“Accurately capturing context and cultural nuances remains a tall order for AI translators. There’s also a gap in translation quality for less widely spoken languages that need bridging,” he says.
Kate Kalcevich, head of accessibility innovation at Fable, notes that problems remain when it comes to conversations that don’t take place online.
“In a noisy restaurant, my smartphone can’t effectively filter out background noises and speech from other tables so that I can see a written transcript of conversations at my table,” she says. “From a business perspective, we have to better navigate the needs of people with disabilities to access AI for accommodation purposes and the needs of others for privacy.”
Dubbing drawbacks include matching the actor’s emotional tone.
“That’s why there’s still a preference today for human actors,” Edwards cautions.
Additionally, lip-syncing in multiple languages remains difficult.
“Ensuring dubbed content respects and aligns with the target culture is critical,” Kroon says.
Although AI is being increasingly used in subtitling on streaming platforms and social media, similar challenges with dialects, slang, and cultural sensitivity remain. “It’s difficult for AI to translate humor and cultural references,” Edwards points out.
Above all, AI-powered tools need to achieve higher accuracy and speed before they can fully replace humans, Kim believes. But he also points to the ethical acquisition of large speaker pools as a critical issue.
“Multilingual AI-dubbing technology requires a huge amount of speech data from a large population of speakers. Many players in the segment may feel tempted to acquire them in a faster or easier manner, which may compromise ethical ways.”
What Lies Ahead
Notwithstanding these deficiencies, plenty of pros expect continued rapid progress and implementation of AI-powered translation, dubbing, and subtitling technology.
“Adoption will increase as businesses and the consumption of video content become more global, which increases the need for accessibility,” Edwards predicts. “The focus will be on creating more context-aware translation models with better emotion and cultural subtleties, as well as AI models that can capture the tone and context along with the speed of words in real-time subtitling, which will be used even more in live events and social media platforms.”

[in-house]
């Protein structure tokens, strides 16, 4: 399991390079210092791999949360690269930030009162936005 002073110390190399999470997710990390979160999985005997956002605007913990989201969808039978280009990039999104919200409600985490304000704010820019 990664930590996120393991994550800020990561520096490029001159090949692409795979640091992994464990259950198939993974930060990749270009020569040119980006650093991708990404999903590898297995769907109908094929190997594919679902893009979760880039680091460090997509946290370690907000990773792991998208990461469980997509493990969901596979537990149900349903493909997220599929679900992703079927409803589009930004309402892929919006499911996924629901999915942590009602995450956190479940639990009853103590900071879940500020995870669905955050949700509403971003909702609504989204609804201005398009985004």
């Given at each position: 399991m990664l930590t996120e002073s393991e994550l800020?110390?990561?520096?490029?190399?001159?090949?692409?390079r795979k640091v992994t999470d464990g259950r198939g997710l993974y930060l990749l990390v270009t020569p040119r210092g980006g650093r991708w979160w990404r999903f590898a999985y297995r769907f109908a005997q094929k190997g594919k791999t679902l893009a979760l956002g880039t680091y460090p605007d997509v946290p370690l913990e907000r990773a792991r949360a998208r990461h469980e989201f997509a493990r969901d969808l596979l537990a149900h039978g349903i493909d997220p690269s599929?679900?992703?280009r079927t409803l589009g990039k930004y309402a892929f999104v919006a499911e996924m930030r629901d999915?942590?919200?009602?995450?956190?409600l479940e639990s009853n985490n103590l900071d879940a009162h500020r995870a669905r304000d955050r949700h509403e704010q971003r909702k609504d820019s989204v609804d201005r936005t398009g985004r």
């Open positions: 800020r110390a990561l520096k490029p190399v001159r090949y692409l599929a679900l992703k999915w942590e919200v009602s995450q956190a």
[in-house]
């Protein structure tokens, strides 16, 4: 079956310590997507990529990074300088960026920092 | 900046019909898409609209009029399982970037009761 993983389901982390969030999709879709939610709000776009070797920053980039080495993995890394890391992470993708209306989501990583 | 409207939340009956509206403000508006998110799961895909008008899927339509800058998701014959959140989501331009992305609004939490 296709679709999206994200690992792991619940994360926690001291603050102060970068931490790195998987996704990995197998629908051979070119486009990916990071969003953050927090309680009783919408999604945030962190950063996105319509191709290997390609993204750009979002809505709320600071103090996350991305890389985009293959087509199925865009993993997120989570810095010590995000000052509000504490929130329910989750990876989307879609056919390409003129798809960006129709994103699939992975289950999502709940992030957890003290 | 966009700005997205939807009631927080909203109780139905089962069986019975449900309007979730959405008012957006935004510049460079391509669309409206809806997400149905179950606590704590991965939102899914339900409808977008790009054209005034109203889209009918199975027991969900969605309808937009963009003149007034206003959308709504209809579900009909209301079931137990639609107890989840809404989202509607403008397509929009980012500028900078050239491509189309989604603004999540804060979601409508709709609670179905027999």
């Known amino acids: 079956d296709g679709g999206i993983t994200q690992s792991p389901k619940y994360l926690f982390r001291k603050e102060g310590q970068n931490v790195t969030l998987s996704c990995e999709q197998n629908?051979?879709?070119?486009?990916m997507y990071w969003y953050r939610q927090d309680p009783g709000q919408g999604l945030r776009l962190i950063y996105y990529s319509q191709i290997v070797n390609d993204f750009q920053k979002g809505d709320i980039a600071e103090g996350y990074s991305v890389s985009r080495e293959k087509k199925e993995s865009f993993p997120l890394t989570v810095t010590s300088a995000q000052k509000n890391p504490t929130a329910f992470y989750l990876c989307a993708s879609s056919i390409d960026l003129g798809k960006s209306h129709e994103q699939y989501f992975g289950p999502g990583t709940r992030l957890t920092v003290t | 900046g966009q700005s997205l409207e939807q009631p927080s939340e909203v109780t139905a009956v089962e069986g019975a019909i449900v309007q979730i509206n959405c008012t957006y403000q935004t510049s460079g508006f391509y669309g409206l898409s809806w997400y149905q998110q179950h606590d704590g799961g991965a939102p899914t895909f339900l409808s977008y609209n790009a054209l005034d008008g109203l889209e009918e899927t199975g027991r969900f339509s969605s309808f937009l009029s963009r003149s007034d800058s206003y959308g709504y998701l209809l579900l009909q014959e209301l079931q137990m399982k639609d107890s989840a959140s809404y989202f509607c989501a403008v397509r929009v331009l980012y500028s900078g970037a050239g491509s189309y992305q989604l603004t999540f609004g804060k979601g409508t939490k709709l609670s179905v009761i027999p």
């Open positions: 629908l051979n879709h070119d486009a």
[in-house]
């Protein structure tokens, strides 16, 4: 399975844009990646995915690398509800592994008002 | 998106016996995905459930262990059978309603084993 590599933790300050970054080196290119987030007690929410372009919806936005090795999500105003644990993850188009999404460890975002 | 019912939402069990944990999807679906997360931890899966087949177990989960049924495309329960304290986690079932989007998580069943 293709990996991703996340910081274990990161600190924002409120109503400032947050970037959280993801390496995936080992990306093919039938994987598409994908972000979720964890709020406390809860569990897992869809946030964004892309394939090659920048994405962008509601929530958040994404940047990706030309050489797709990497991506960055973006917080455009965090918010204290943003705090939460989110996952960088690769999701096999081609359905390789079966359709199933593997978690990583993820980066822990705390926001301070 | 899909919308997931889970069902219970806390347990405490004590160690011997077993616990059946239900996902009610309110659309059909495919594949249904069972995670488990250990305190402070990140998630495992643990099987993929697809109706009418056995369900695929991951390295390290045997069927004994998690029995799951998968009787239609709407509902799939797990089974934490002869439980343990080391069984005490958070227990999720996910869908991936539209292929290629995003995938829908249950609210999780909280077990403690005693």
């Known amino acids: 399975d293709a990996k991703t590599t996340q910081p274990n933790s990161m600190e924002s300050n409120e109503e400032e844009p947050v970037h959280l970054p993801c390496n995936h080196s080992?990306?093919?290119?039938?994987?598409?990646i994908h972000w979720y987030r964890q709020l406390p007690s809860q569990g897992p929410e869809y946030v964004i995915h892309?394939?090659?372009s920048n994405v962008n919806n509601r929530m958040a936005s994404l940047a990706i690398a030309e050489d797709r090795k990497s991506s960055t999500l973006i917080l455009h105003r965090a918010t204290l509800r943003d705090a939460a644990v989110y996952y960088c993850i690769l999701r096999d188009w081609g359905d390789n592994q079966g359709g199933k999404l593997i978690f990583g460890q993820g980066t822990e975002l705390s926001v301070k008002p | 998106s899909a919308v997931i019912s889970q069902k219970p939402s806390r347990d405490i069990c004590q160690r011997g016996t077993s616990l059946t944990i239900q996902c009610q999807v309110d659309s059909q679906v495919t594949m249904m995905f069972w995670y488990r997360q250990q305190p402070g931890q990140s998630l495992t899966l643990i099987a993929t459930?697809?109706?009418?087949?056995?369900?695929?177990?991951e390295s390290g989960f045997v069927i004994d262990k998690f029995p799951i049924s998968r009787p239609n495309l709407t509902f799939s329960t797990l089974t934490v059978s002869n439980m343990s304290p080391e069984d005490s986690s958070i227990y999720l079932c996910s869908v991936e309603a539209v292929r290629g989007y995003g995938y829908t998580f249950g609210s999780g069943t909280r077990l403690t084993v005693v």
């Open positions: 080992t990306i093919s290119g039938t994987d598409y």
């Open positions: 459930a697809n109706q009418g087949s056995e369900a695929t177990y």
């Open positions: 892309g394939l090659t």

Pawel Budzianowski, head of machine learning at PolyAI, is convinced these technologies will rapidly grow, particularly because most call center traffic will be powered by the generative models that require instant voice generation.
“Models will truly understand the context of the generation leading to adaptation across a wider range of markets,” he states. “I also envision most marketing campaigns and the film industry starting to use voice dubbing and translation as a default option for localization in the next 12 months.”
AI should become increasingly adept at understanding context and cultural nuances in the near future, Kroon maintains.
“Dubbing improvements could include more accurate voice matching and emotion replication,” he says. “In addition, we should see advancements in real-time subtitling capabilities and improved accuracy. The overall theme will be more capable and faster. And translation tools could integrate more seamlessly into real-time communication platforms.”
Expect AI-driven resources to further facilitate communication across borders and cultures, breaking down language barriers and promoting global understanding, Kim says.
“These tools will also be used to make foreign films and TV shows more accessible to audiences around the world, including people with hearing impairments, allowing them to experience the full content of videos,” Kim continues.
Kalcevich finds the latter prediction most encouraging. “I’m most excited for AI to bring live transcripts to in-person conversations and live entertainment,” she says. “Whether displayed on a smartphone, smart glasses, projector, or even digital contact lenses, AI-based live transcriptions can break down barriers for people with hearing disabilities.”
Erik J. Martin is a Chicago area-based freelance writer and public relations expert whose articles have been featured in AARP The Magazine, Reader’s Digest, The Costco Connection, and other publications. He often writes on topics related to real estate, business, technology, healthcare, insurance, and entertainment. He also publishes several blogs, including martinspiration.com and cineversegroup.com.